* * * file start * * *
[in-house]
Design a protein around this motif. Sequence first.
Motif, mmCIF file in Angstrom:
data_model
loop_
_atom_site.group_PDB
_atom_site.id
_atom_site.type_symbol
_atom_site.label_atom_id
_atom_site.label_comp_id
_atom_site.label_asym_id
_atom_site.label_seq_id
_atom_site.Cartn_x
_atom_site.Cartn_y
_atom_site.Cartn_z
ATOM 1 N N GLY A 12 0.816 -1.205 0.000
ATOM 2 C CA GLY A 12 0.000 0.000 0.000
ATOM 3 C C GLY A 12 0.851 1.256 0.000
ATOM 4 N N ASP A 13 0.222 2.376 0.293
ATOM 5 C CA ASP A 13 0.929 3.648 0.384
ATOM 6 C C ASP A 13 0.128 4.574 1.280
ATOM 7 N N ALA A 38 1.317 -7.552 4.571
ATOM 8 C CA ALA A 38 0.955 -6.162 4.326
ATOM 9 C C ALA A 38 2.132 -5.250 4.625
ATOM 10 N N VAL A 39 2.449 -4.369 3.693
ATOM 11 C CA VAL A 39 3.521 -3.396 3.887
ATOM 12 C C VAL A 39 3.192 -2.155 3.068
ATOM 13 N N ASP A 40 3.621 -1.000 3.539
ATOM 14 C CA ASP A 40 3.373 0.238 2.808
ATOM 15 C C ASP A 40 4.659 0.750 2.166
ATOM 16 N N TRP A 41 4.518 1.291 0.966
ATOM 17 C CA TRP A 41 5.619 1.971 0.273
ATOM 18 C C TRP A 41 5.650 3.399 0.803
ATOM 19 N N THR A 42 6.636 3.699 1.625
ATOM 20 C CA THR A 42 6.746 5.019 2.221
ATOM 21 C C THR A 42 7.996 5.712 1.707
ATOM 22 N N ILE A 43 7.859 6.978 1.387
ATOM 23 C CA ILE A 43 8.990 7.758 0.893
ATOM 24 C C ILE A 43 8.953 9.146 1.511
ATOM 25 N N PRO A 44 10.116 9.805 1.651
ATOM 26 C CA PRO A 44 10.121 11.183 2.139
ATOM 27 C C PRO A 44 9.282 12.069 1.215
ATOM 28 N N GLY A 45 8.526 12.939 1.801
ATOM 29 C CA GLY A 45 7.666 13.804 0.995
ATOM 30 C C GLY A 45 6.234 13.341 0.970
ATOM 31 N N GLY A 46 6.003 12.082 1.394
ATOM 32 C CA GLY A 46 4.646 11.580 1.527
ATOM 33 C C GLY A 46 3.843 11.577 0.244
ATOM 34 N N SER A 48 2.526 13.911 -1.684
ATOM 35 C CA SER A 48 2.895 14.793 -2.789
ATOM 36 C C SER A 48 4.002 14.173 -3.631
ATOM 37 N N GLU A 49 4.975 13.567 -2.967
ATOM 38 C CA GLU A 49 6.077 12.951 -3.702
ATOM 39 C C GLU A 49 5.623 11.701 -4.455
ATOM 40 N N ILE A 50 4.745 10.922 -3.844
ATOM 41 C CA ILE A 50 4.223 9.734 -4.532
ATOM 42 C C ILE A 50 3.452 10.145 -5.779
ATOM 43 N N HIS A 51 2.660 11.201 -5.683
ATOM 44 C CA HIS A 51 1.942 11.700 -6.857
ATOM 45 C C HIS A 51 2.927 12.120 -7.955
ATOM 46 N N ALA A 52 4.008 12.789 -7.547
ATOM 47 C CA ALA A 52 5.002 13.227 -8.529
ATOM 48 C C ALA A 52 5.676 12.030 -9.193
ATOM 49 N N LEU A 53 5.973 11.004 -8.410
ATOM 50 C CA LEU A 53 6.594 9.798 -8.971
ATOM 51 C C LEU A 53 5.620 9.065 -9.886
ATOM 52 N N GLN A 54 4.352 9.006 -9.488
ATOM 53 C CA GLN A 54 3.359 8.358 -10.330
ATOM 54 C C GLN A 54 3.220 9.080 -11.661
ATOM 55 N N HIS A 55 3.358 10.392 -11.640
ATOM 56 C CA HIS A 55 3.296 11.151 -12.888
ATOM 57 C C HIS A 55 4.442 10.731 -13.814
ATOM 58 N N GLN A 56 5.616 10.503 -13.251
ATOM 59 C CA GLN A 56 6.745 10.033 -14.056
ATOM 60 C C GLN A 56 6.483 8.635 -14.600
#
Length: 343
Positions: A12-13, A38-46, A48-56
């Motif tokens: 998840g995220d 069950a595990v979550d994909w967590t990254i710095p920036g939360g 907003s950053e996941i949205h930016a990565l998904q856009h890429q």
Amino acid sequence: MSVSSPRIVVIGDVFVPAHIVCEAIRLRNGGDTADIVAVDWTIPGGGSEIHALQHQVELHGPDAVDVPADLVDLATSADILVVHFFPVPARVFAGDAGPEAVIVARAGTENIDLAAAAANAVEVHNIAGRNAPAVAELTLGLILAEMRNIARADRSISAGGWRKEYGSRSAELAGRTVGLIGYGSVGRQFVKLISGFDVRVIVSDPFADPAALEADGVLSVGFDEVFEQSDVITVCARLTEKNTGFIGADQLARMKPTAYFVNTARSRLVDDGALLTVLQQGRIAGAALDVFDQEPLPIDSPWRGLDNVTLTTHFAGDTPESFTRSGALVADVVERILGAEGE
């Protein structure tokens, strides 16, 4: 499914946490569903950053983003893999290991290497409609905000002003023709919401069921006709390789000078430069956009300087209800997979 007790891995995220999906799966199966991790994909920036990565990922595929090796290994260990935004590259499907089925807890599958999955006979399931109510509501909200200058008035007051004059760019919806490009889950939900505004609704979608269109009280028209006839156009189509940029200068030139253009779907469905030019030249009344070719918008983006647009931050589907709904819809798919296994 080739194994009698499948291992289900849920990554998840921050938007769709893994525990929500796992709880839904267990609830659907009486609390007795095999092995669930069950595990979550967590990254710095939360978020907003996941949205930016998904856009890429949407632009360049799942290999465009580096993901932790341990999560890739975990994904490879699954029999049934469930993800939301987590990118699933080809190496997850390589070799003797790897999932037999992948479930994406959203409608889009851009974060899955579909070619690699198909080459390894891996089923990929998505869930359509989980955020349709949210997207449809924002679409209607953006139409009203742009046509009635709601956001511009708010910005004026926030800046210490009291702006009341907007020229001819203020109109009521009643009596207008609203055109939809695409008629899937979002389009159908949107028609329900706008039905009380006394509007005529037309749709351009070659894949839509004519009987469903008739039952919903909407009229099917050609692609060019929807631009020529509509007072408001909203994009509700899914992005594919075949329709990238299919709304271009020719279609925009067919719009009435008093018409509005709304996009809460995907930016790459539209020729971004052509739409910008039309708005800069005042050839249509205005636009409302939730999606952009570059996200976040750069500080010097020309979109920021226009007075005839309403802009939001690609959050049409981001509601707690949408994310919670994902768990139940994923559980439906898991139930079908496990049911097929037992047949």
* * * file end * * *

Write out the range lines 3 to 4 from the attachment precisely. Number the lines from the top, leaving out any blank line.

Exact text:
Motif, mmCIF file in Angstrom:
data_model